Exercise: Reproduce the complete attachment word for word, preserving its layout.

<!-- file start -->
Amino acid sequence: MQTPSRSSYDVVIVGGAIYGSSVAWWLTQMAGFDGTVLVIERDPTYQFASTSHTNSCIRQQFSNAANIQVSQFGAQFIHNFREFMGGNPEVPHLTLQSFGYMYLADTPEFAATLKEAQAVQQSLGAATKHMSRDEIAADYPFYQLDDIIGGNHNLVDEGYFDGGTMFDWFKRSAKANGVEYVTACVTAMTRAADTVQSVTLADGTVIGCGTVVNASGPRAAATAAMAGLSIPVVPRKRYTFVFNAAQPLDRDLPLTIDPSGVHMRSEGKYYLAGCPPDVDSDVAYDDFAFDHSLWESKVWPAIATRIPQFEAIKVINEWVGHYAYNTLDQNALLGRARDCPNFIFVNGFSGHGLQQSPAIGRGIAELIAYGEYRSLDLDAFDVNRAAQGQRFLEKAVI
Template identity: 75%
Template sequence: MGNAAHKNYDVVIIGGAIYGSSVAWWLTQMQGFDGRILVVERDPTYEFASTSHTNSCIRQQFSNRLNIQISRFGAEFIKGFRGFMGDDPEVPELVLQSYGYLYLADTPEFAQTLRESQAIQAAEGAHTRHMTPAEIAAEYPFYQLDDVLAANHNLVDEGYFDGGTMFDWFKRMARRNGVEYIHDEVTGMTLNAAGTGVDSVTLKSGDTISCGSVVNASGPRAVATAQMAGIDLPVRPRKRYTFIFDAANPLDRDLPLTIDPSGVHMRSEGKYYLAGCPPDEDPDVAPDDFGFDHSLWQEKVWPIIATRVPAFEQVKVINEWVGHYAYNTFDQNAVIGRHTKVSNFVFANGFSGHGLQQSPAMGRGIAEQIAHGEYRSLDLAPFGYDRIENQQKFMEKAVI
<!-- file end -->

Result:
Amino acid sequence: MQTPSRSSYDVVIVGGAIYGSSVAWWLTQMAGFDGTVLVIERDPTYQFASTSHTNSCIRQQFSNAANIQVSQFGAQFIHNFREFMGGNPEVPHLTLQSFGYMYLADTPEFAATLKEAQAVQQSLGAATKHMSRDEIAADYPFYQLDDIIGGNHNLVDEGYFDGGTMFDWFKRSAKANGVEYVTACVTAMTRAADTVQSVTLADGTVIGCGTVVNASGPRAAATAAMAGLSIPVVPRKRYTFVFNAAQPLDRDLPLTIDPSGVHMRSEGKYYLAGCPPDVDSDVAYDDFAFDHSLWESKVWPAIATRIPQFEAIKVINEWVGHYAYNTLDQNALLGRARDCPNFIFVNGFSGHGLQQSPAIGRGIAELIAYGEYRSLDLDAFDVNRAAQGQRFLEKAVI
Template identity: 75%
Template sequence: MGNAAHKNYDVVIIGGAIYGSSVAWWLTQMQGFDGRILVVERDPTYEFASTSHTNSCIRQQFSNRLNIQISRFGAEFIKGFRGFMGDDPEVPELVLQSYGYLYLADTPEFAQTLRESQAIQAAEGAHTRHMTPAEIAAEYPFYQLDDVLAANHNLVDEGYFDGGTMFDWFKRMARRNGVEYIHDEVTGMTLNAAGTGVDSVTLKSGDTISCGSVVNASGPRAVATAQMAGIDLPVRPRKRYTFIFDAANPLDRDLPLTIDPSGVHMRSEGKYYLAGCPPDEDPDVAPDDFGFDHSLWQEKVWPIIATRVPAFEQVKVINEWVGHYAYNTFDQNAVIGRHTKVSNFVFANGFSGHGLQQSPAMGRGIAEQIAHGEYRSLDLAPFGYDRIENQQKFMEKAVI